Governor Phil Scott & Agency of Natural Resources Unveil New Aeration System to Improve Water Quality and Curb Cyanobacteria Blooms in Lake Carmi
Franklin, Vt. – Governor Phil Scott today gathered with state officials, community groups and legislators at Lake Carmi State Park to celebrate the installation of a new aeration system to help reduce cyanobacteria blooms in the lake.
“Lake Carmi is one of Vermont’s premier lakes, drawing recreationists and campers to its 1,400 acres for decades,” said Governor Scott. “This new aeration system will help us achieve our restoration goals so that anglers, swimmers, campers and community members can continue to enjoy this lake for years to come.”
The system will prevent phosphorus from being released from lake sediment. Diffusers arrayed across the lake’s deep areas release fine bubbles that efficiently mix the water column. By circulating water from the depths to the surface, the system oxygenates the water and prevents typical summer conditions that allow the release of phosphorus from the sediments. Lowering phosphorus levels in the lake will reduce blue-green algae (also called cyanobacteria) by reducing its main food source and preventing cyanobacteria blooms which can produce toxins that are harmful to people and pets.
In the 1980s, Lake Carmi began experiencing harmful cyanobacteria blooms, becoming intense and persistent in 2017 due to excess phosphorus released in lake sediments, storm runoff and unusual fall weather. After the summer of 2017, the Town of Franklin united with state officials, farmers, the University of Vermont (UVM) and Lake Carmi campers to explore solutions to reduce phosphorus levels and stop further phosphorus from flowing into the lake.
In 2018, the Town of Franklin and the Department of Environmental Conservation (DEC) called for bids to install an in-lake aeration system to treat phosphorus in lake sediment. EverBlue Lake Solutions of Michigan was selected, and the system was installed on June 23, 2019. It will immediately increase oxygen levels in the deeper waters of the lake, preventing chemical changes in the sediment that would release phosphorus back into the water, reducing food for cyanobacteria and resulting in fewer blooms.
“The aeration system is part of a broader effort to restore the lake by tackling the nutrients flowing into the lake from farmland, roads, and septic systems,” said Mark Mitchell, an environmental scientist with DEC.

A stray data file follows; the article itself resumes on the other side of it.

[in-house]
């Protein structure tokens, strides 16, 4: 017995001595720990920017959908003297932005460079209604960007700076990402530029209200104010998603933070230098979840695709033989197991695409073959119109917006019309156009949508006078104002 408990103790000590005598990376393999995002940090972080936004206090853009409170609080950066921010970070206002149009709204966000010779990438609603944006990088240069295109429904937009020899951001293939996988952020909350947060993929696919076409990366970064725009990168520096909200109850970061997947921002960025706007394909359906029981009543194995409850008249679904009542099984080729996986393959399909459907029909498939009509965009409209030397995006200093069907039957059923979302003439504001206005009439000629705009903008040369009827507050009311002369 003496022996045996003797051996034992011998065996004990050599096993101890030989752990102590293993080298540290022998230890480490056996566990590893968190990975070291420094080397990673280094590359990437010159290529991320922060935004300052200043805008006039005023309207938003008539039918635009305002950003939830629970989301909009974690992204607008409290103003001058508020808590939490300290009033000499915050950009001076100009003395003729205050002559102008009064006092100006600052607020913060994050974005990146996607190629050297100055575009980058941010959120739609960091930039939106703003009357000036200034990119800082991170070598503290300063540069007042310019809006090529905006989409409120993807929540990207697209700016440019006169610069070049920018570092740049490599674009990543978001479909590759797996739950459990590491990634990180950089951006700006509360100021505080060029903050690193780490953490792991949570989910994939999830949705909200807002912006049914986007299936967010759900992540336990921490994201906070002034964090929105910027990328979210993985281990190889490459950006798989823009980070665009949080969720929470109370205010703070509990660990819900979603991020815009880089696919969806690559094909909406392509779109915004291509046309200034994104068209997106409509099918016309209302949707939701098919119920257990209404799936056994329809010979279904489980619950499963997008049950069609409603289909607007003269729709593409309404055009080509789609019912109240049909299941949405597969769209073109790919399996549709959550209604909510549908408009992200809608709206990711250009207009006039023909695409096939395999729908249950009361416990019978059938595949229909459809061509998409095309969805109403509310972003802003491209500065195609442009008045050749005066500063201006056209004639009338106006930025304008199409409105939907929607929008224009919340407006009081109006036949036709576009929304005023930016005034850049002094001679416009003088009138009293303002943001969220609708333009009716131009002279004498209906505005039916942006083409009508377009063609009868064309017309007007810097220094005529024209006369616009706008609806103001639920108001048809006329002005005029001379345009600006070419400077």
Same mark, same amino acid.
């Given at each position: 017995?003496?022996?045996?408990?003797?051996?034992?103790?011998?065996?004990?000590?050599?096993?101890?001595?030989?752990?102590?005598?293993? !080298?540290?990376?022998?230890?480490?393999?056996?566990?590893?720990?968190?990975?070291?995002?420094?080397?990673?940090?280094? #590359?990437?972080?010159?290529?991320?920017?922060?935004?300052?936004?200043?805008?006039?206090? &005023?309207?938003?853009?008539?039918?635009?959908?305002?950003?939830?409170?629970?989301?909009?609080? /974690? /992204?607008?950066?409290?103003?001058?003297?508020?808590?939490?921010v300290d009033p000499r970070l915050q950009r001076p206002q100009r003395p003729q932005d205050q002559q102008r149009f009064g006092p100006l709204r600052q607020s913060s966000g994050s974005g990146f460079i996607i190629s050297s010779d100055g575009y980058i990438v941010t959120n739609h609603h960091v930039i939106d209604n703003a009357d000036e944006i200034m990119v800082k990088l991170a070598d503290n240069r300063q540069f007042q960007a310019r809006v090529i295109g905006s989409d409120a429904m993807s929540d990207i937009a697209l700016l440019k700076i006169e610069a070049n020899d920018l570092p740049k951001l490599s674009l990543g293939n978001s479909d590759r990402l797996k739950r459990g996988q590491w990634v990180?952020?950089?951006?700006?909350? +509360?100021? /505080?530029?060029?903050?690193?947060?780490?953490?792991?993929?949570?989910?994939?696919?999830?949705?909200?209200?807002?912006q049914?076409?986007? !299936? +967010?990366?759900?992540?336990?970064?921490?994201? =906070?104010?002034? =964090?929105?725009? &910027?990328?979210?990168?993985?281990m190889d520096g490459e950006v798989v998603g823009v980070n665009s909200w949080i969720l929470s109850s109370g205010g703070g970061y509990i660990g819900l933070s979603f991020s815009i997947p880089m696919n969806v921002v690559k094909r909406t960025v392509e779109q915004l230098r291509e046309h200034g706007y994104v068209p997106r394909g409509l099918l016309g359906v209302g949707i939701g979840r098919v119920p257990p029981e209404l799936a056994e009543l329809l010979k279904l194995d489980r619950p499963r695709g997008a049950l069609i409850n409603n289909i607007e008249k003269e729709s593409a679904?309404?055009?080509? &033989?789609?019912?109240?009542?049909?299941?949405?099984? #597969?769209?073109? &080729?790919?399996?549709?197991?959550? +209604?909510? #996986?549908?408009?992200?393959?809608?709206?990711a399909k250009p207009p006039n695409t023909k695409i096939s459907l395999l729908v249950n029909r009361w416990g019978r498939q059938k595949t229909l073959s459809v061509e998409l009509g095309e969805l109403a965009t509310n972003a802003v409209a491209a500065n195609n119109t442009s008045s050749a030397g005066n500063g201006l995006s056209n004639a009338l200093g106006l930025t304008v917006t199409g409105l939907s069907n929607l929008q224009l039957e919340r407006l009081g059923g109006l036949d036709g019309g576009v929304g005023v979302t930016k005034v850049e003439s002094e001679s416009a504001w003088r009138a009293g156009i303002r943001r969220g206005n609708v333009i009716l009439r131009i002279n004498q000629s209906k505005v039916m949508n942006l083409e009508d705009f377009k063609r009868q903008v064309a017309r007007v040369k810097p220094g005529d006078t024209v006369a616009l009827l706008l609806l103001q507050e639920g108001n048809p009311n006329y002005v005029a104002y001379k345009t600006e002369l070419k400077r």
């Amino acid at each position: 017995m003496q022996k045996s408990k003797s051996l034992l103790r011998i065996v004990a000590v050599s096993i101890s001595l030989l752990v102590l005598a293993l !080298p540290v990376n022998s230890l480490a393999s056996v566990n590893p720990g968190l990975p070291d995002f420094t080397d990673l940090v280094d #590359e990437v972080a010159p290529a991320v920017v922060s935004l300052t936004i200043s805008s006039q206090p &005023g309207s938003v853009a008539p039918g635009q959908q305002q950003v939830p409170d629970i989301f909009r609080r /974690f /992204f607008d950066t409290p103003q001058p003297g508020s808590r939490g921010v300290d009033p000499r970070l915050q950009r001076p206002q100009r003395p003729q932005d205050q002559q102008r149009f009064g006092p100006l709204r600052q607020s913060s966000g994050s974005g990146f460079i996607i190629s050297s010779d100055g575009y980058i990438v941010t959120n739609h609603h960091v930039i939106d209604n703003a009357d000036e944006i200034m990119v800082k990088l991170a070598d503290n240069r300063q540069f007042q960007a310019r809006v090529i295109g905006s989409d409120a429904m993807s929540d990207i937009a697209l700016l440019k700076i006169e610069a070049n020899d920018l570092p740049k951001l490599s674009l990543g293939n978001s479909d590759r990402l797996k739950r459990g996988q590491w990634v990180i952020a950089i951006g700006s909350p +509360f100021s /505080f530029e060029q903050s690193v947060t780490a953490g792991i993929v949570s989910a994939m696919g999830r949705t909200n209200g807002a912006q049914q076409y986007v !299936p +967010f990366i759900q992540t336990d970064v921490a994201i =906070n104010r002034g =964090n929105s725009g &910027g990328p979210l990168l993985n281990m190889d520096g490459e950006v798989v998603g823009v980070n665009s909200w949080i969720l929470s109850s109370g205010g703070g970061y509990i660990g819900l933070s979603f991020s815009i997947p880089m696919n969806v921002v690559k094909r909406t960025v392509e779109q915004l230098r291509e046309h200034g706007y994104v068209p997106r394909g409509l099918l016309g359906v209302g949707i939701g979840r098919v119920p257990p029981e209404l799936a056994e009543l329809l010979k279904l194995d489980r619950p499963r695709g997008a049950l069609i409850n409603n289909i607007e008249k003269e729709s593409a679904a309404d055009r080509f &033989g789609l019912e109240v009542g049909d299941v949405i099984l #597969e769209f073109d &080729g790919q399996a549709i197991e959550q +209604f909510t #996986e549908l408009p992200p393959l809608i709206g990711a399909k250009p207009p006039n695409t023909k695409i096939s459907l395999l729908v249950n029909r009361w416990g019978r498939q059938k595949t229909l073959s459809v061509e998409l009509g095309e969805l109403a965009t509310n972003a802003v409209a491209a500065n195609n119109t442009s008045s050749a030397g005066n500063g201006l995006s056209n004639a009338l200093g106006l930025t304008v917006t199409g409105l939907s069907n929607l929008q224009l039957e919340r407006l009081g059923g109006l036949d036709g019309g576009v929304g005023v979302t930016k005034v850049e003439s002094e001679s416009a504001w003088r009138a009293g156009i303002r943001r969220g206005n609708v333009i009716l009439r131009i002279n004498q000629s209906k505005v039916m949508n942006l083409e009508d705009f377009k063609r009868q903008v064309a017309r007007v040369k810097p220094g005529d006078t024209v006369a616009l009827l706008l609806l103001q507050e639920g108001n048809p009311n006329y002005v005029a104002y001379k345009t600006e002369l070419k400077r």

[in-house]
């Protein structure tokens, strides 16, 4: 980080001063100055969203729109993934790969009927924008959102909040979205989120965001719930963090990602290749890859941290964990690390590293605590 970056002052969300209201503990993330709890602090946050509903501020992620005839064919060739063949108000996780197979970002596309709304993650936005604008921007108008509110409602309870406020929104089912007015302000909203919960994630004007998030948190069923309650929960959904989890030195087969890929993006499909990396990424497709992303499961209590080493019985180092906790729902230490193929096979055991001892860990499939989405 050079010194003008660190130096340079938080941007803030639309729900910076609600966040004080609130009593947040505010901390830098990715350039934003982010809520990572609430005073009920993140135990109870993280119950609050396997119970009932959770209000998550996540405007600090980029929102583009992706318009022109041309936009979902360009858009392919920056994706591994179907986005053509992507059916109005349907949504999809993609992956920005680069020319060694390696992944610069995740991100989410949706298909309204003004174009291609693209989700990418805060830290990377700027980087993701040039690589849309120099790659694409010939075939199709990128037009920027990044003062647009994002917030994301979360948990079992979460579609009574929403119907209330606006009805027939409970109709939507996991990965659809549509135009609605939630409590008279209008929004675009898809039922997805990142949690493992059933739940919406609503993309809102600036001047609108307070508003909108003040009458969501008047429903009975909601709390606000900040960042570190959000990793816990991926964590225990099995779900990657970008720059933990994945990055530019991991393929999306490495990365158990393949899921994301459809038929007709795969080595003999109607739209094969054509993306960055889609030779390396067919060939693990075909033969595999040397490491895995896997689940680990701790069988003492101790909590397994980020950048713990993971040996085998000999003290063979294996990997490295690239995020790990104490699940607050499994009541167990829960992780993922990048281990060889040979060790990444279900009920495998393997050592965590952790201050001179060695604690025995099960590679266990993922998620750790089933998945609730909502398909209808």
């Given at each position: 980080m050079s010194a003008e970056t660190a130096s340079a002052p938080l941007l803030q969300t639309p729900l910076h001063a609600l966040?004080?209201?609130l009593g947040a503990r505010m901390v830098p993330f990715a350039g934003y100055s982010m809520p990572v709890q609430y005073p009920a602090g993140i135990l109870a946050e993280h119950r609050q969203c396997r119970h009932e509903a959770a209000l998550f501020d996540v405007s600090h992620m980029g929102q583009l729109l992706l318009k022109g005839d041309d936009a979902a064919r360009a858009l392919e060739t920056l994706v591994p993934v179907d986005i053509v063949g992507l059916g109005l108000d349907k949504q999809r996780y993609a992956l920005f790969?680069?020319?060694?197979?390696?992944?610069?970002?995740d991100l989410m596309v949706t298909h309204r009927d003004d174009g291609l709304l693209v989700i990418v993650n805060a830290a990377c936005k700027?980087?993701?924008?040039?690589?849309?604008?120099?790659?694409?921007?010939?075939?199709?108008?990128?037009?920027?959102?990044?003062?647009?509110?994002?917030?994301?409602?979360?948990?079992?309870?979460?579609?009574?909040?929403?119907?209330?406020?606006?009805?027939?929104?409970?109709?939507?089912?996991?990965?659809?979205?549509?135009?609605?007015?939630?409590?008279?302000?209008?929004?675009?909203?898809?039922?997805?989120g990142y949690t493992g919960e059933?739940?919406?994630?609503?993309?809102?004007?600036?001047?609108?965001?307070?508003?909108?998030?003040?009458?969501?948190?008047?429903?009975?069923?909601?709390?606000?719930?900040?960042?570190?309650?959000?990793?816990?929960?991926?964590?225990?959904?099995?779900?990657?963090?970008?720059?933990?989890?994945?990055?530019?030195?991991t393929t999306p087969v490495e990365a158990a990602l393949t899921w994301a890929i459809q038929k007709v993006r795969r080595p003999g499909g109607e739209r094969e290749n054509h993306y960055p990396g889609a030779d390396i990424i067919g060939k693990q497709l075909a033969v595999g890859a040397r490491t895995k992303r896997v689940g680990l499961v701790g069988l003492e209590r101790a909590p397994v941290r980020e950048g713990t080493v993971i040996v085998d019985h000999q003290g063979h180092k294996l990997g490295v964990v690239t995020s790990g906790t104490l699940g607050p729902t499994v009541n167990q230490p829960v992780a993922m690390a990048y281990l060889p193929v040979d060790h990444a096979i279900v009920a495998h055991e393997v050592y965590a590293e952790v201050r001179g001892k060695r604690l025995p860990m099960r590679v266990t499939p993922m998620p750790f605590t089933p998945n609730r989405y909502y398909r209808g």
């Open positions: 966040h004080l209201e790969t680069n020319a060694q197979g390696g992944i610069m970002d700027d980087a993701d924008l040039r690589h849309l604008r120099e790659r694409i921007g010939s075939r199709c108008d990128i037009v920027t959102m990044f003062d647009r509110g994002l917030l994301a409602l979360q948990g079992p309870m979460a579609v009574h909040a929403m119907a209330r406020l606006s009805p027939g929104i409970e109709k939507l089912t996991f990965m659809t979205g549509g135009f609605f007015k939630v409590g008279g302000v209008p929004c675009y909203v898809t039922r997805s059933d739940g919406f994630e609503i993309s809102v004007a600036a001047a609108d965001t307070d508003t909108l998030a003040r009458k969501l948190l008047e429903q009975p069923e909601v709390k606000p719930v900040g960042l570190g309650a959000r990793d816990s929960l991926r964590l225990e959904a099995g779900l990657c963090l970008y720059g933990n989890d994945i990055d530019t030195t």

Going forward, a community-led team will continue to identify ways to reduce phosphorus flowing into the lake, including:
- UVM Extension will explore ways to reduce phosphorus pollution from farms.
- DEC will monitor dissolved oxygen, temperature and phosphorus levels and work with EverBlue to fine tune the aeration system. DEC will also assess the long-term effects of aeration on the lake ecosystem.
- Lake Carmi State Park will expand lake-friendly practices, including recent tree plantings along Marsh Brook and renovation of the Wastewater Treatment Facility.
- Local volunteers, the Lake Champlain Committee, the Department of Health and DEC will monitor cyanobacteria throughout the summer.
- UVM scientists will monitor water quality changes with a series of buoys in the lake.
The following partners have played a part in restoring Lake Carmi:
- The Franklin Watershed Committee
- The Farmers Watershed Alliance
- Friends of Northern Lake Champlain
- The Lake Carmi Campers Association
- The Northwest Regional Planning Commission
- The Vermont Agency of Agriculture, Food, and Markets
- The Town of Franklin
- The Vermont Toxics Action Center
- EverBlue Lake Solutions
- University of Vermont Extension
- The Vermont Department of Environmental Conservation
For more information, visit Restoring Lake Carmi.